Professor James K. Sebenius
Cheng (Jason) Qian
THE SIX-PARTY TALKS created to resolve the North Korean nuclear problem have lost momentum again since last November. All six parties — North Korea, the US, China, South Korea, Japan, and Russia — agreed on a denuclearization statement in September 2005. When the United States imposed sanctions on North Korean enterprises suspected of counterfeiting and money-laundering, however, Pyongyang declared that it would boycott future talks. As the focus of the talks gradually shifted from the substance of denuclearization to preventing the negotiation process itself from collapsing, agreement remains elusive. This raises the question: is this framework of six-party talks sustainable for achieving a nuclear-free Korean Peninsula?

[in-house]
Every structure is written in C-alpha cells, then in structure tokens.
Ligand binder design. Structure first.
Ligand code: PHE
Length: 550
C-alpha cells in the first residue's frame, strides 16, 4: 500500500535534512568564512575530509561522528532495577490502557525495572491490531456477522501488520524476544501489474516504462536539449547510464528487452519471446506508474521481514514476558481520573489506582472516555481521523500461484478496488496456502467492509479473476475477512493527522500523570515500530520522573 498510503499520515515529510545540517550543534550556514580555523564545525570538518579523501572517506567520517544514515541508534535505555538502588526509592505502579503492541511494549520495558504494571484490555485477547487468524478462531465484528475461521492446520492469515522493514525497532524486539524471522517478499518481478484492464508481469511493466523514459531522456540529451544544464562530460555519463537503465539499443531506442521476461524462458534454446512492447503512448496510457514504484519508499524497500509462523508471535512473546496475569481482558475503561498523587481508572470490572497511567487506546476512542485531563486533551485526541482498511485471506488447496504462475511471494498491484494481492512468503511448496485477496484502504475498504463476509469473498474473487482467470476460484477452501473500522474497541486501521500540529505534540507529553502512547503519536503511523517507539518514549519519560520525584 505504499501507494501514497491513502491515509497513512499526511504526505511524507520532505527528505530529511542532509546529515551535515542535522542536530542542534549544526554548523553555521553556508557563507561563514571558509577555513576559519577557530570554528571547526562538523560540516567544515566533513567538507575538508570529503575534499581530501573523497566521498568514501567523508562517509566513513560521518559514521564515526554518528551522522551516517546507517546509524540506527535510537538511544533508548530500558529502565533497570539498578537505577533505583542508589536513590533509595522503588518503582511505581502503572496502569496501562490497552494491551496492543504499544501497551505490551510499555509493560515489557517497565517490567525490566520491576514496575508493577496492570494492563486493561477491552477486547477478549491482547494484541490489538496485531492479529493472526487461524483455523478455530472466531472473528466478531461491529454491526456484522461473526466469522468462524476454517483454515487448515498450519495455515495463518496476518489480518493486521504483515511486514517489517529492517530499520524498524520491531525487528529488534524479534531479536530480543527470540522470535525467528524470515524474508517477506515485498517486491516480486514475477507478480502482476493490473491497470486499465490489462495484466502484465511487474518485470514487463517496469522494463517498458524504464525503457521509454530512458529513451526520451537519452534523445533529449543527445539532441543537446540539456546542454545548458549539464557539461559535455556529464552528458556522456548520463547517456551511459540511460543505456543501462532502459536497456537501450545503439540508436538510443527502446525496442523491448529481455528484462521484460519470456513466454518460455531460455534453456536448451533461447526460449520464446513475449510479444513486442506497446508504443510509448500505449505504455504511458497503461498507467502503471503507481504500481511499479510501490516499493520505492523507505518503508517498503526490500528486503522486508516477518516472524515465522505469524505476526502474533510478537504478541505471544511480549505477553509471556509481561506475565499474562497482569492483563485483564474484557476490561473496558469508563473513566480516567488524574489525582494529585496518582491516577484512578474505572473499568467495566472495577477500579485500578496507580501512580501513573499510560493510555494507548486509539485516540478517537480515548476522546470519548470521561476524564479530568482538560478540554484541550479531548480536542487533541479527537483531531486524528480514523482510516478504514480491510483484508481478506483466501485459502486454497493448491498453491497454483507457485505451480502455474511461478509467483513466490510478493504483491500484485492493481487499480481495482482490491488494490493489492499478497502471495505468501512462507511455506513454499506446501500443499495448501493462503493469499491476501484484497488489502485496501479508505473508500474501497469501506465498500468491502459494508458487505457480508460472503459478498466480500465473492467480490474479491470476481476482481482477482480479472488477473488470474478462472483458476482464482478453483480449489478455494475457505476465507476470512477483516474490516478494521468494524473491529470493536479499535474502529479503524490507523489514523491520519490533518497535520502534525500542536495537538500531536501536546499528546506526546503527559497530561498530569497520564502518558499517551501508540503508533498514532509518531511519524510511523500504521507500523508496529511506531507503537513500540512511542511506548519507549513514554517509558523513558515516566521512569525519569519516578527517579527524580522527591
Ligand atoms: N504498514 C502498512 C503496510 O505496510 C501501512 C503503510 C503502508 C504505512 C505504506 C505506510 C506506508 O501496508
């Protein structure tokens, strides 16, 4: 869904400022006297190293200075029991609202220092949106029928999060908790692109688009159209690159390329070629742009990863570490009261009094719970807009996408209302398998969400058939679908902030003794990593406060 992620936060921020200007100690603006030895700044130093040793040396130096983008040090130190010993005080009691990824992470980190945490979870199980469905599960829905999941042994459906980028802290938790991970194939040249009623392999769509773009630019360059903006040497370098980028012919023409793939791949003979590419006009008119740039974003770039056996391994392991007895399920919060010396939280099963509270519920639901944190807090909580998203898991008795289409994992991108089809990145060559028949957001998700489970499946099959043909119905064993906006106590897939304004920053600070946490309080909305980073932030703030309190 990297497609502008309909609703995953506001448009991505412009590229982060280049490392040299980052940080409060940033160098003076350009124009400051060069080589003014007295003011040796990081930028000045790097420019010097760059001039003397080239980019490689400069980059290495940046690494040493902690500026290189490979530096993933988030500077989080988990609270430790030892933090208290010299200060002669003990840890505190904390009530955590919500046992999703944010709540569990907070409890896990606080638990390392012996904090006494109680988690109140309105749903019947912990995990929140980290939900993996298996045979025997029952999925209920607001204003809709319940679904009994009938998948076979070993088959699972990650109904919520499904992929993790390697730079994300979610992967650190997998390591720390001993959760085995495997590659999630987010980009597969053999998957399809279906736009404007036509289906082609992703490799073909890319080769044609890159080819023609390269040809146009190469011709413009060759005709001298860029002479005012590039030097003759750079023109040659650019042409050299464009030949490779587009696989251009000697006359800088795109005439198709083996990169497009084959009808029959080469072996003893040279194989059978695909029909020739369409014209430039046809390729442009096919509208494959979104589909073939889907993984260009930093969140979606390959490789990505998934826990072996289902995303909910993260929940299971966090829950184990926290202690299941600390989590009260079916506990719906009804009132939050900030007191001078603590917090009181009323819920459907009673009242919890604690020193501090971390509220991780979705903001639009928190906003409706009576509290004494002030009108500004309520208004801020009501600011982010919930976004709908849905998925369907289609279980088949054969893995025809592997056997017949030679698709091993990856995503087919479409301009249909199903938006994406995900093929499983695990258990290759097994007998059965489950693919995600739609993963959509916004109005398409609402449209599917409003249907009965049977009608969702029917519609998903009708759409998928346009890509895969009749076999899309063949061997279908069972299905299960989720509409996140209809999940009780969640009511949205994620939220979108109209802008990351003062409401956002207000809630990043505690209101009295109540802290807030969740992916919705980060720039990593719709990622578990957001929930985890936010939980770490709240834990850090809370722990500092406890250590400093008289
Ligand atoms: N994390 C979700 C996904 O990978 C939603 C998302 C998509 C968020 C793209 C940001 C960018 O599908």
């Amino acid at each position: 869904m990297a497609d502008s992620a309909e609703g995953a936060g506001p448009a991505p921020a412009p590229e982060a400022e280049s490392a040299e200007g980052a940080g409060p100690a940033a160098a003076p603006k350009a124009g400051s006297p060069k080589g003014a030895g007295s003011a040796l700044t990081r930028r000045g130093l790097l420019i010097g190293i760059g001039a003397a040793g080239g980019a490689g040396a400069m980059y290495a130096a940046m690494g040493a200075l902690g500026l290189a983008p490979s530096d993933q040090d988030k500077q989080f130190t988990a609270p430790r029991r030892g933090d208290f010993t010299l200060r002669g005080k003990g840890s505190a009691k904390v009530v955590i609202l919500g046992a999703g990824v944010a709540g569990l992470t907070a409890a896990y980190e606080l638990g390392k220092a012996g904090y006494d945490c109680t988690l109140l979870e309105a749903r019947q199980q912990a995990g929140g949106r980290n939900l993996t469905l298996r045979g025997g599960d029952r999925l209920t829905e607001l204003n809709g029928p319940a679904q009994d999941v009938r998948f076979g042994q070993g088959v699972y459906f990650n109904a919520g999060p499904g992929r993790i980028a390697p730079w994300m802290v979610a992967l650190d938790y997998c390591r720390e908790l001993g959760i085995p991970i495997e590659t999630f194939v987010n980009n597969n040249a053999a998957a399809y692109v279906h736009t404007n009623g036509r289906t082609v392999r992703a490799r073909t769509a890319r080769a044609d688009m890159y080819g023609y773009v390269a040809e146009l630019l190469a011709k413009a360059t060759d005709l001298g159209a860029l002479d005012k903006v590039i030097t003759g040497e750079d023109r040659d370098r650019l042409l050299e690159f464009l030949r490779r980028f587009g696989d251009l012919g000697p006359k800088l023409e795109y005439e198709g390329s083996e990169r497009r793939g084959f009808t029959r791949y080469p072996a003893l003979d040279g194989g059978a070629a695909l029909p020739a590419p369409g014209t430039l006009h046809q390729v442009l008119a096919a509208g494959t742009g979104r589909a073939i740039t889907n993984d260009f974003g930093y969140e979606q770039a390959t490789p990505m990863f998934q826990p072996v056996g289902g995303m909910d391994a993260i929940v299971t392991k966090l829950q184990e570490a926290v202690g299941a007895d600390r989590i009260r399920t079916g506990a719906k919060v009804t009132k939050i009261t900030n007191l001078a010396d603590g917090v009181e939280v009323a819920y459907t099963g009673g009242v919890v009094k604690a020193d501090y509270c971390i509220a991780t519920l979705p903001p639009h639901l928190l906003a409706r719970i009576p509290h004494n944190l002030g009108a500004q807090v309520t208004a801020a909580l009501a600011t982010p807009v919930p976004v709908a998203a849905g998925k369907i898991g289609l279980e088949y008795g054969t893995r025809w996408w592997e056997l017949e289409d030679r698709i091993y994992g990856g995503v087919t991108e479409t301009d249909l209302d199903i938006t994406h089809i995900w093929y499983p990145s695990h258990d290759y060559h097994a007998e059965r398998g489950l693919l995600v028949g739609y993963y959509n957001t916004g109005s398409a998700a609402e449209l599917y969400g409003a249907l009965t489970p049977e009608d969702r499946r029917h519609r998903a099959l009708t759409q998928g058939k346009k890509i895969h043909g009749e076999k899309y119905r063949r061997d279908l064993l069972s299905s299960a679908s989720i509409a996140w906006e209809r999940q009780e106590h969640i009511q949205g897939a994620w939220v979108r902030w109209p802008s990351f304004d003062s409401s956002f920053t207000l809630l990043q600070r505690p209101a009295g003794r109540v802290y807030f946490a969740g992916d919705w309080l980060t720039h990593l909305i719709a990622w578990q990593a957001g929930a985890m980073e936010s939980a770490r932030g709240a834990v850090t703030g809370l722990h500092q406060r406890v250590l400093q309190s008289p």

Professor Graham T. Allison is the Director of the Harvard’s Belfer Center for Science and International Affairs and the Douglas Dillon Professor of Government at Kennedy School of Government. He was the Assistant Secretary of Defense during the first Clinton Administration.
Mr. Xiyu Yang is a visiting scholar at the Shorenstein Asia-Pacific Research Center of Stanford University. He was Director of the Office for the Korean Peninsula Issues in Chinese Foreign Ministry where he was in charge of issues relating to the six-party talks.
Professor James K. Sebenius (Moderator) is the first Gordon Donaldson Professor at Harvard Business School and co-founder of the Negotiation Roundtable, an ongoing forum on negotiation related subjects. He specializes in analyzing and advising on complex negotiations. His new book, 3-D Negotiation: Setup, Deal Design, and Tactics (Harvard Business School Press), will be published in September.
Cheng (Jason) Qian is a Fellow at the Harvard Negotiation Project.